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Gender, Media, and Political Campaigns in a Polarized Era

Senator Kamala Harris, right, flanked by former Attorney General Eric Holder and others.
Senator Kamala Harris, above right, is the second African American woman elected to the United States Senate.

For women who aspire to hold elected office, researchers have good news: You can generally expect to be treated the same as male candidates by journalists, supporters, and the public.

SPA Professor Jennifer Lawless and her co-author Danny Hayes, associate professor of political science at George Washington University, discussed their book, Women on the Run: Gender, Media and Political Campaigns in a Polarized Era, at a March 6 event on the AU campus.

Their findings challenge the conventional wisdom that women routinely encounter bias and barriers that make it difficult to be elected to office. Lawless and Hayes analyzed the 2010 and 2014 congressional elections and found that the sex of a candidate has a minimal role.

“Reporters have the incentive to cover men and women similarly,” said Lawless, who is director of the AU Women & Politics Institute. “The notion of a battle of the sexes isn’t that interesting anymore. In campaign communication, candidates were talking about the same kinds of things and also voters were assessing men and women the same way.”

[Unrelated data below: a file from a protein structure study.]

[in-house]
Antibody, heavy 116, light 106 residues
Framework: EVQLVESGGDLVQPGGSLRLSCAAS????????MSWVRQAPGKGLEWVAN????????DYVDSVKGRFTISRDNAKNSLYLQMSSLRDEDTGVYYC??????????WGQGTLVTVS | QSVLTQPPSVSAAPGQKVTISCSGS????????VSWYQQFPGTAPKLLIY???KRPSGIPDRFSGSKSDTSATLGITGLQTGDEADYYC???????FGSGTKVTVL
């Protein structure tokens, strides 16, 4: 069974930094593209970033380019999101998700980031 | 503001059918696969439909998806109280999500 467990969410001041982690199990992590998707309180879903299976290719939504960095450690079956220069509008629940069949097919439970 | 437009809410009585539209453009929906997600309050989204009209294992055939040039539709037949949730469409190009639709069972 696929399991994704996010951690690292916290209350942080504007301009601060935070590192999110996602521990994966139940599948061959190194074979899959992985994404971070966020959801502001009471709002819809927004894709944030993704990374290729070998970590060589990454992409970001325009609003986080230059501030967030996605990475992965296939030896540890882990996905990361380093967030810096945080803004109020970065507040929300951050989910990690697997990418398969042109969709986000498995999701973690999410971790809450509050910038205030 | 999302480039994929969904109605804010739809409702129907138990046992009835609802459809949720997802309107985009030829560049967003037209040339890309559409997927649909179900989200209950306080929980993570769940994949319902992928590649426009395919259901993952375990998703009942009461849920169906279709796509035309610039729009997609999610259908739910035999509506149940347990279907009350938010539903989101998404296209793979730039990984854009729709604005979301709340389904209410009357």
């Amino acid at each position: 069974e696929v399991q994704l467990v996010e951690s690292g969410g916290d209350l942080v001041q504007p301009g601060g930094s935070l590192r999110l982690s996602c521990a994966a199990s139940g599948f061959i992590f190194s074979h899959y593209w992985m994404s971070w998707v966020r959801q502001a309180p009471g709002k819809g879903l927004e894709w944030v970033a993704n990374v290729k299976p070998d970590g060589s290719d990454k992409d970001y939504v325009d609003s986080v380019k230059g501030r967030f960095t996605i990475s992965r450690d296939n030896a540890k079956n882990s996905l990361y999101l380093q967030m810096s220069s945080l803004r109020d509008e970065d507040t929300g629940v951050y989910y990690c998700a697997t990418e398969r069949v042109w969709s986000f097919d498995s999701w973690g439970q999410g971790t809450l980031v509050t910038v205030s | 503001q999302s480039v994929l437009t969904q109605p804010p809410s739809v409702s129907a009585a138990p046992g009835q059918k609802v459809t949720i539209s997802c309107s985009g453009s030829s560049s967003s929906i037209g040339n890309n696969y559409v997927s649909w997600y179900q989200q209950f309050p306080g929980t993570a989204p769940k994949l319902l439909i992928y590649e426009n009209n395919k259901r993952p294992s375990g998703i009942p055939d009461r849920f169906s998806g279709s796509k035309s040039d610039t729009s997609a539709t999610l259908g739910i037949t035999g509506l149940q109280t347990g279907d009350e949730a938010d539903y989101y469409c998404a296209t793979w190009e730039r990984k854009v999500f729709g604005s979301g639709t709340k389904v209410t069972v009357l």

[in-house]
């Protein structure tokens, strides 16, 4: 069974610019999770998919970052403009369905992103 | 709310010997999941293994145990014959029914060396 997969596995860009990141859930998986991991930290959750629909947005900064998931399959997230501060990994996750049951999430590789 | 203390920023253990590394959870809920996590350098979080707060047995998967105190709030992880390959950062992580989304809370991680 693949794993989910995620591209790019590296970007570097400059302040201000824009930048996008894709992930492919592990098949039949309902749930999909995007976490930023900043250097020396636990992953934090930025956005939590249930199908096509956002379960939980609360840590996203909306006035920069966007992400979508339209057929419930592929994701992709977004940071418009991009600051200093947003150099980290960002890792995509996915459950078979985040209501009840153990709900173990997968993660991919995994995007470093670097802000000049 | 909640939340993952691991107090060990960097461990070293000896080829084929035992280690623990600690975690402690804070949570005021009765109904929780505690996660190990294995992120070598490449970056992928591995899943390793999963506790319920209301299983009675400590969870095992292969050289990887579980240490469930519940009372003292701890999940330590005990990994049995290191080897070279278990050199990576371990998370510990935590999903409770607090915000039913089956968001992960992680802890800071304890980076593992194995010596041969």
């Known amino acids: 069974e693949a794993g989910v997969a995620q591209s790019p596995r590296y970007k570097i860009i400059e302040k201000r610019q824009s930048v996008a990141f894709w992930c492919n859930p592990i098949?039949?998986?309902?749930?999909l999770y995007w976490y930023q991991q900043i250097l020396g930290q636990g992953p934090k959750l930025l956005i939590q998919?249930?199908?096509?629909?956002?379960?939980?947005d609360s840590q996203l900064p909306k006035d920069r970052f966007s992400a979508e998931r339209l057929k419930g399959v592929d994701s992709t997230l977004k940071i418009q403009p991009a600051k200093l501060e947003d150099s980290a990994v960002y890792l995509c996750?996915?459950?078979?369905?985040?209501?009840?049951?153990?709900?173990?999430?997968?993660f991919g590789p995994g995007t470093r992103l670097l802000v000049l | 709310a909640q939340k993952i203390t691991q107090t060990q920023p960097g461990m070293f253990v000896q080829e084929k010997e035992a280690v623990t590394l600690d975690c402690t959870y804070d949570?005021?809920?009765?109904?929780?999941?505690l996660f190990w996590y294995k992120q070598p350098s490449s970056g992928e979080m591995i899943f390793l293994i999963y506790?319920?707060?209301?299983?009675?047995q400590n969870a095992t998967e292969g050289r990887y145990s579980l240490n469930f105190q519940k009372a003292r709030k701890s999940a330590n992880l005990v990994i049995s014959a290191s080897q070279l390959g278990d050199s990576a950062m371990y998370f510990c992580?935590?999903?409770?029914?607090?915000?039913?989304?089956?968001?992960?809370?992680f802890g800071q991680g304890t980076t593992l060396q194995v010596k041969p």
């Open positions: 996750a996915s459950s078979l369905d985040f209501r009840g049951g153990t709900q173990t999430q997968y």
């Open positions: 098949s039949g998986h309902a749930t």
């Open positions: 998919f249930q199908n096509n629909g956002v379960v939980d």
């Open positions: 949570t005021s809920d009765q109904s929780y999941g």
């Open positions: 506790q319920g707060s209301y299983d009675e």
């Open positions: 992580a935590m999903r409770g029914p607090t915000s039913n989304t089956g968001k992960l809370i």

That’s not to say that there aren’t examples of sexism on the campaign trail, as Candy Crowley, former chief political correspondent for CNN, noted in her remarks as moderator at the event. But the researchers discovered there is not systematic discrimination. The political environment is fair to women in the vast majority of elections, although the U.S. now ranks 104th globally in female representation in government assemblies.

The problem is getting women to run. Lawless said they need to both be recruited and believe themselves they are qualified. Accomplished women should be encouraged to become candidates by their family, friends and colleagues – a sentiment echoed by many students commenting during the question-and-answer session during the event.

“When women run for office, they are just as likely as men to win their elections,” said Lawless. “They assume it’s far more difficult for women to get elected and they think there is an uneven playing field. In the book, we try to debunk some of those myths.”